Cape Town - Cricket South Africa (CSA) is expected to receive in excess of R1.6bn from the ICC over the next eight-year period.
This comes after the ICC's revised revenue model, which saw the ICC Board, by an overwhelming majority, pass the new financial model during meetings held in Dubai from April 23-27.
Based on current forecasted revenues and costs, India will get $293m (R3.9bn) across the eight-year cycle, England $143 million (R1.9bn), Zimbabwe $94m (R1.2bn) and the remaining seven Full Members (including South Africa) $132m each.
Under the revised revenue distribution model, Zimbabwe will now get $19m (R254m) more than it would have received over the eight-year period.
The ICC also agreed on a new constitution which will work towards getting more nations playing Test cricket, equal weight of votes for all board members regardless of membership status and bringing in an independent female director.
The originally proposed changes to the constitution included a clause that opened the possibility of Full Members being relegated to Associate status.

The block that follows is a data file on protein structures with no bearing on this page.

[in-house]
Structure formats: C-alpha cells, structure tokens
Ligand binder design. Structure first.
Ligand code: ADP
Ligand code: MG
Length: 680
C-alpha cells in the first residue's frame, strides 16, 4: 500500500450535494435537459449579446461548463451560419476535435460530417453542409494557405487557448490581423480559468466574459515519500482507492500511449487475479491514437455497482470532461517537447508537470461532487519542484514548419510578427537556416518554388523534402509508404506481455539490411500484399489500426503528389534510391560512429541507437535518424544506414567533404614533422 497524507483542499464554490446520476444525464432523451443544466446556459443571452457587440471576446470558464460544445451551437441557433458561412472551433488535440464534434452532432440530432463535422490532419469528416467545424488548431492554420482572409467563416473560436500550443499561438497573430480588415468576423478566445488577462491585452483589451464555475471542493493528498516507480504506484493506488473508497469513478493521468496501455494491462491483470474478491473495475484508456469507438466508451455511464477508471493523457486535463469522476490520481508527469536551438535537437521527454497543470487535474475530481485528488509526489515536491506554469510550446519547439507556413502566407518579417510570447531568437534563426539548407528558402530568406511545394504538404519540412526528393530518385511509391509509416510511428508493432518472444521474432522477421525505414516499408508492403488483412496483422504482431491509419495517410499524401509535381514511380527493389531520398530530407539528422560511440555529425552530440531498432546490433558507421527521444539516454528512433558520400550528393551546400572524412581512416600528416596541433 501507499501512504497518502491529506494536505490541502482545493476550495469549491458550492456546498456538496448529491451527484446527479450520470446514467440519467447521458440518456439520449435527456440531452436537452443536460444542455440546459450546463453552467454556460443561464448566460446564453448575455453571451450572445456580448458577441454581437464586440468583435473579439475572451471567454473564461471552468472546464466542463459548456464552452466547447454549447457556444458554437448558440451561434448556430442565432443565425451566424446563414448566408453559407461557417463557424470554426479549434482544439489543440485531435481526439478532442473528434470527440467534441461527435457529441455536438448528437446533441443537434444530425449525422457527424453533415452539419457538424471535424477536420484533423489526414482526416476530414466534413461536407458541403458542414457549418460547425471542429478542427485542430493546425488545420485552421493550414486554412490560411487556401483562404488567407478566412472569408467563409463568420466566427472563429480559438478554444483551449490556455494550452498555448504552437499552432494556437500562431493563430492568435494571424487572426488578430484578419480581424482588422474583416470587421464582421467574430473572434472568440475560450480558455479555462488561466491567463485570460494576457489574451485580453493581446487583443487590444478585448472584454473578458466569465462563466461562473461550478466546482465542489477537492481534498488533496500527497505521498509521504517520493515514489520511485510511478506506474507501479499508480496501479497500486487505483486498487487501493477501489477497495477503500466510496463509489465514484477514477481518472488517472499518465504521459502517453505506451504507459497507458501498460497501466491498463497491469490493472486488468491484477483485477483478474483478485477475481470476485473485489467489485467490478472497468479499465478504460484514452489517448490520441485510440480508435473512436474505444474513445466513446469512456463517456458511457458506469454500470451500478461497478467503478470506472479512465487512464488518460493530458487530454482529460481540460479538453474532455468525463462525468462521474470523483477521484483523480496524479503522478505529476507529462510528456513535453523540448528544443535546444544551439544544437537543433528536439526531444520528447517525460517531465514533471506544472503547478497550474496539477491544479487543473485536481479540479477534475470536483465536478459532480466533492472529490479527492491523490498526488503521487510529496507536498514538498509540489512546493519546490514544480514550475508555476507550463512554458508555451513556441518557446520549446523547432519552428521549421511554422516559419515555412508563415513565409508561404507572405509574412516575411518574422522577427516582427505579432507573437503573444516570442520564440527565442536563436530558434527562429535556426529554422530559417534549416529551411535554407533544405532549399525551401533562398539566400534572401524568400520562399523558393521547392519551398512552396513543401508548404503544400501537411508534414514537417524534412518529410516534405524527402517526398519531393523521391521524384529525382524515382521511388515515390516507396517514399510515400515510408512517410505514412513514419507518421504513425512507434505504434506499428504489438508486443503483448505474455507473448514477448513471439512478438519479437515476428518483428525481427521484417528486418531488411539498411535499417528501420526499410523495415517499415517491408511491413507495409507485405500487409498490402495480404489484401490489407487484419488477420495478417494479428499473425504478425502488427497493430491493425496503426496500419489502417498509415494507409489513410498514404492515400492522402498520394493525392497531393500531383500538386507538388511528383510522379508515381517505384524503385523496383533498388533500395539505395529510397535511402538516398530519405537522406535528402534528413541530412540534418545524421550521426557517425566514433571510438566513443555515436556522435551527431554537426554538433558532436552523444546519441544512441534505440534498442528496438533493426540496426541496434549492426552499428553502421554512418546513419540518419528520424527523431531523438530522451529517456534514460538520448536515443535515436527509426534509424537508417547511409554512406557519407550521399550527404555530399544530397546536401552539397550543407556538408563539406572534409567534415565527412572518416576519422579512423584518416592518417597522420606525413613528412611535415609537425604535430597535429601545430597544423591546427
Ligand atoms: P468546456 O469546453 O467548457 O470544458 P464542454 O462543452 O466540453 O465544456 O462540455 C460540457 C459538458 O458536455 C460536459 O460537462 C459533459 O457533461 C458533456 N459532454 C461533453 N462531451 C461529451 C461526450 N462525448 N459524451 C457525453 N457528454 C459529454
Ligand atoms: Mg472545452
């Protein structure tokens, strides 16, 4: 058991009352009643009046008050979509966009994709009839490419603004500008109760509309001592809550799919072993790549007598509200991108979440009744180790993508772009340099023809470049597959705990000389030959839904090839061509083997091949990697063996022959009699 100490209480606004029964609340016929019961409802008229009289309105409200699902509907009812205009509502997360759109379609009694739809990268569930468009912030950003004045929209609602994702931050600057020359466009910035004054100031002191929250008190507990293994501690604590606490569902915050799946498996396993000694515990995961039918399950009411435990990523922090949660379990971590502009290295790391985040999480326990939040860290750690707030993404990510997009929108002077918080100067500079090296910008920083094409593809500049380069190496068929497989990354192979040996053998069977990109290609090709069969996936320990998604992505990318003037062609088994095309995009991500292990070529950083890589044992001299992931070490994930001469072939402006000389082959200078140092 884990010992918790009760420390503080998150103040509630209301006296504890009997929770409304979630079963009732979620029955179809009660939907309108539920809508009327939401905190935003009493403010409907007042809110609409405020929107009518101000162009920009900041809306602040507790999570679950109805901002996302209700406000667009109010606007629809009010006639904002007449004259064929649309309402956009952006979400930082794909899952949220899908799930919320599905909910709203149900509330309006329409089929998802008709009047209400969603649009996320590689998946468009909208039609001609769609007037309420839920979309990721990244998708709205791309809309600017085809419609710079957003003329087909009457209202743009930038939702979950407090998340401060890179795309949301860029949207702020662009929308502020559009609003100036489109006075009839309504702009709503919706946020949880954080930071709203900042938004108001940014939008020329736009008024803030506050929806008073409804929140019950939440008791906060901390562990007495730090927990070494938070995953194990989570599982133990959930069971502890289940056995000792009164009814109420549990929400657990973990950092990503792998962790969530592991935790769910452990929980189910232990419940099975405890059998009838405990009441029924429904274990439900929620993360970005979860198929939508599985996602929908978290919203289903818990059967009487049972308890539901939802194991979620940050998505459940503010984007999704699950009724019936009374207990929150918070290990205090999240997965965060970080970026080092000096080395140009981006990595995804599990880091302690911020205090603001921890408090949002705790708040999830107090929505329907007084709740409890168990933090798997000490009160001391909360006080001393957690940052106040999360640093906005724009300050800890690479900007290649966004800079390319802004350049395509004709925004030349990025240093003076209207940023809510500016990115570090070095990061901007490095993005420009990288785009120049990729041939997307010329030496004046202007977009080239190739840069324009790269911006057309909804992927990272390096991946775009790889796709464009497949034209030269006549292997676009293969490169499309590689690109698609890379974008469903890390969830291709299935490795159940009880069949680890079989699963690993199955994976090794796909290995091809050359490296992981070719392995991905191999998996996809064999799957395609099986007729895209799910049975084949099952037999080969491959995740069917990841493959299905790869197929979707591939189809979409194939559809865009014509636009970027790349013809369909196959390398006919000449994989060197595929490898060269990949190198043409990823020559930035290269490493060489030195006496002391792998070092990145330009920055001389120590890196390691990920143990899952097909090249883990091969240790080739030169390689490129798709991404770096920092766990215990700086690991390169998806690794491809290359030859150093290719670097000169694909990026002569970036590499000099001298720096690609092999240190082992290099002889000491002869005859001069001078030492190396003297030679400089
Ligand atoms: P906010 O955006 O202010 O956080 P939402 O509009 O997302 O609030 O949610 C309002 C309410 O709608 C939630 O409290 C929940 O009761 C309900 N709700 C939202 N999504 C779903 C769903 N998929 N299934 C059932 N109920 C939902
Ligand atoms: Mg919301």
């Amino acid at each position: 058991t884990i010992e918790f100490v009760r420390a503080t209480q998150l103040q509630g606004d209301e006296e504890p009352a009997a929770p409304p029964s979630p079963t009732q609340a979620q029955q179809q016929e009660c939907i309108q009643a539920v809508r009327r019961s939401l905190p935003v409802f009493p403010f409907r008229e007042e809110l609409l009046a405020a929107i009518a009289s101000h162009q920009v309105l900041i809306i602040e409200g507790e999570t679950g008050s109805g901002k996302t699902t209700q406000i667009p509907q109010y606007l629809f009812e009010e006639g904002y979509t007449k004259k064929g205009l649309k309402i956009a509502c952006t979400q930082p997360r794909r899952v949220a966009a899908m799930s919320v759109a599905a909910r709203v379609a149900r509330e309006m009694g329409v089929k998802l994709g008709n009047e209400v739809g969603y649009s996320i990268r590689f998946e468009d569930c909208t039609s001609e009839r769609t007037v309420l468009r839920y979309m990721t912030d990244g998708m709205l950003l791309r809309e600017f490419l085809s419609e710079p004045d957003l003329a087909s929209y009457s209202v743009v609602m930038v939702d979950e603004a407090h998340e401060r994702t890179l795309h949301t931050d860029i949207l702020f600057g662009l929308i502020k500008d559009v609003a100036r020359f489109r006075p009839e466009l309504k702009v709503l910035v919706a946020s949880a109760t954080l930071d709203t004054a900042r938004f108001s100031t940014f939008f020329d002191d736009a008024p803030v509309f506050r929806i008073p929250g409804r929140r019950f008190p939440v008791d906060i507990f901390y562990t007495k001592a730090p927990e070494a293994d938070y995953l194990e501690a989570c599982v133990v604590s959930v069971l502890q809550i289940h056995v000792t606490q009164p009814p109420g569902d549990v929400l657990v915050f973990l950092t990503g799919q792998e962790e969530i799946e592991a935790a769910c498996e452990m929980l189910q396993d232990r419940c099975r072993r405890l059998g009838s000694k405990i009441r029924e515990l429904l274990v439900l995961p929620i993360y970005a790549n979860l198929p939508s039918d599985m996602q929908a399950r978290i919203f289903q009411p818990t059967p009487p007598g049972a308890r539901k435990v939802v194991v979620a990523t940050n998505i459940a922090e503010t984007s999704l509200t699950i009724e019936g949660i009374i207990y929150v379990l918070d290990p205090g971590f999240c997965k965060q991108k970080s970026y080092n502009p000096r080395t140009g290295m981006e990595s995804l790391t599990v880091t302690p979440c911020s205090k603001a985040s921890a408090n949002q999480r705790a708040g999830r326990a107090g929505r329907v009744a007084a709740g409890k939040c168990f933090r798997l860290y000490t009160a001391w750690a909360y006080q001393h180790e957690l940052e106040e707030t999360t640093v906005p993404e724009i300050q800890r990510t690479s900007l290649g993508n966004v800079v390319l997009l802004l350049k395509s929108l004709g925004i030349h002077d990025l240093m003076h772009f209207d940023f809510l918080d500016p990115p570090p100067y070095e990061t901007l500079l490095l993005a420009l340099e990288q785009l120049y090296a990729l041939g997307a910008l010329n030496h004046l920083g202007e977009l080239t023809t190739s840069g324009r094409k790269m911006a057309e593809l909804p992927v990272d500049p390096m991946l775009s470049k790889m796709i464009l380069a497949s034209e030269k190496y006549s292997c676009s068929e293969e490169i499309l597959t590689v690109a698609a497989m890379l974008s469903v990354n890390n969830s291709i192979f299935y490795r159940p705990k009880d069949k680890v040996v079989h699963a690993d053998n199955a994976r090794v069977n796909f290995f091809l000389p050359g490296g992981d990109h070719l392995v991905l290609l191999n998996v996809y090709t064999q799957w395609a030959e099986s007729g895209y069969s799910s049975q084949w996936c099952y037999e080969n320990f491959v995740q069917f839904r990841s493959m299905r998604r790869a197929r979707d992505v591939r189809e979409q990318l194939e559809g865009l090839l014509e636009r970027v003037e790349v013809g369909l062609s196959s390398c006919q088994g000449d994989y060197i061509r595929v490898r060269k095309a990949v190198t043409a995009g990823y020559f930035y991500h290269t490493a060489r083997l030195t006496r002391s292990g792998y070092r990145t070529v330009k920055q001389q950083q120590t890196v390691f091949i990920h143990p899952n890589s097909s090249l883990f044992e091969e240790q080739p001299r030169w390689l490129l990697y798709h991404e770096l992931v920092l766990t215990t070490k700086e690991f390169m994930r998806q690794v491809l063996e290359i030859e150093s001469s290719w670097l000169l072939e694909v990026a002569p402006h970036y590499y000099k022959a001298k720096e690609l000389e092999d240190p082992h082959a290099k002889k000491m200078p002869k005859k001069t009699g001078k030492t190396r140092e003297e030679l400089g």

But under the revised version that will be presented to the ICC annual conference for adoption in June, the potential for reclassification of full membership was removed, with the ICC Board acknowledging the need to sustain and grow the number of members competing at the top level.
Zimbabwe has also put in a bid to host the 2018 ICC World Cup Qualifier, a cricket tournament meant to decide the final qualification for the 2019 World Cup in England.
The top two teams at the qualifier event will join the eight teams who will have already qualified for the World Cup through their ranking in the ICC ODI Championship.
The 2018 ICC World Cup Qualifier was originally scheduled to take place in Bangladesh, but this is likely to change as Bangladesh appear certain to qualify automatically for the prestigious 50-over tournament.